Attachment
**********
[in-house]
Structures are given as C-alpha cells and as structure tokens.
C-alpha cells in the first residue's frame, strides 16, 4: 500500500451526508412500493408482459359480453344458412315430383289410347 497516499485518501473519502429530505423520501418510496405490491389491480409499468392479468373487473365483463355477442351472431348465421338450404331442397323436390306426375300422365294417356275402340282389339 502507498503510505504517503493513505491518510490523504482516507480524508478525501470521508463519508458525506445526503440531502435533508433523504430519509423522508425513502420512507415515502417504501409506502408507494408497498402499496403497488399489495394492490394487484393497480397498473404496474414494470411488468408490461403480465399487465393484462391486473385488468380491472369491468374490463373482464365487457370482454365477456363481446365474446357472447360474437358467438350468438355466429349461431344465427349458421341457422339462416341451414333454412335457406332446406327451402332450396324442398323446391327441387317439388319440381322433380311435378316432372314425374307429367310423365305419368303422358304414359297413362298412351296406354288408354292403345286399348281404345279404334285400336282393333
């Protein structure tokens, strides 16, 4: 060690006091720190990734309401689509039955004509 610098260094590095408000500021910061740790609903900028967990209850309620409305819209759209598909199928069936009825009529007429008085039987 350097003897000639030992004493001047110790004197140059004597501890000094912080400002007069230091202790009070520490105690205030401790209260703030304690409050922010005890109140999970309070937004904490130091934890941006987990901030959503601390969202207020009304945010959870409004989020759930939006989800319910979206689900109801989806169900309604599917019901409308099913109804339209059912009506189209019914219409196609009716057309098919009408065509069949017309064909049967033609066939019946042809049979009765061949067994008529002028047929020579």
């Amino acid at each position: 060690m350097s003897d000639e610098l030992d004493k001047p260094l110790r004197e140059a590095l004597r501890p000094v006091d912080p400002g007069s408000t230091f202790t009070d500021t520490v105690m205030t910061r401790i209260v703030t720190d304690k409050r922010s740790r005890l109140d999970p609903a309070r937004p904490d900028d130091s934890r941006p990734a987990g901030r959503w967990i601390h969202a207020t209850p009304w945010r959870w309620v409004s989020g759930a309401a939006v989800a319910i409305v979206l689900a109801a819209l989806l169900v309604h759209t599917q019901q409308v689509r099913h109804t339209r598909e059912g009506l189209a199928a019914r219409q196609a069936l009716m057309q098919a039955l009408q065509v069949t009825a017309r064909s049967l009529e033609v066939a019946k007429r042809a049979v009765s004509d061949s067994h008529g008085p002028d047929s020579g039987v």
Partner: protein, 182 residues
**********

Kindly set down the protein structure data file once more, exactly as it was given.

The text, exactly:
[in-house]
Structures are given as C-alpha cells and as structure tokens.
C-alpha cells in the first residue's frame, strides 16, 4: 500500500451526508412500493408482459359480453344458412315430383289410347 497516499485518501473519502429530505423520501418510496405490491389491480409499468392479468373487473365483463355477442351472431348465421338450404331442397323436390306426375300422365294417356275402340282389339 502507498503510505504517503493513505491518510490523504482516507480524508478525501470521508463519508458525506445526503440531502435533508433523504430519509423522508425513502420512507415515502417504501409506502408507494408497498402499496403497488399489495394492490394487484393497480397498473404496474414494470411488468408490461403480465399487465393484462391486473385488468380491472369491468374490463373482464365487457370482454365477456363481446365474446357472447360474437358467438350468438355466429349461431344465427349458421341457422339462416341451414333454412335457406332446406327451402332450396324442398323446391327441387317439388319440381322433380311435378316432372314425374307429367310423365305419368303422358304414359297413362298412351296406354288408354292403345286399348281404345279404334285400336282393333
């Protein structure tokens, strides 16, 4: 060690006091720190990734309401689509039955004509 610098260094590095408000500021910061740790609903900028967990209850309620409305819209759209598909199928069936009825009529007429008085039987 350097003897000639030992004493001047110790004197140059004597501890000094912080400002007069230091202790009070520490105690205030401790209260703030304690409050922010005890109140999970309070937004904490130091934890941006987990901030959503601390969202207020009304945010959870409004989020759930939006989800319910979206689900109801989806169900309604599917019901409308099913109804339209059912009506189209019914219409196609009716057309098919009408065509069949017309064909049967033609066939019946042809049979009765061949067994008529002028047929020579």
């Amino acid at each position: 060690m350097s003897d000639e610098l030992d004493k001047p260094l110790r004197e140059a590095l004597r501890p000094v006091d912080p400002g007069s408000t230091f202790t009070d500021t520490v105690m205030t910061r401790i209260v703030t720190d304690k409050r922010s740790r005890l109140d999970p609903a309070r937004p904490d900028d130091s934890r941006p990734a987990g901030r959503w967990i601390h969202a207020t209850p009304w945010r959870w309620v409004s989020g759930a309401a939006v989800a319910i409305v979206l689900a109801a819209l989806l169900v309604h759209t599917q019901q409308v689509r099913h109804t339209r598909e059912g009506l189209a199928a019914r219409q196609a069936l009716m057309q098919a039955l009408q065509v069949t009825a017309r064909s049967l009529e033609v066939a019946k007429r042809a049979v009765s004509d061949s067994h008529g008085p002028d047929s020579g039987v």
Partner: protein, 182 residues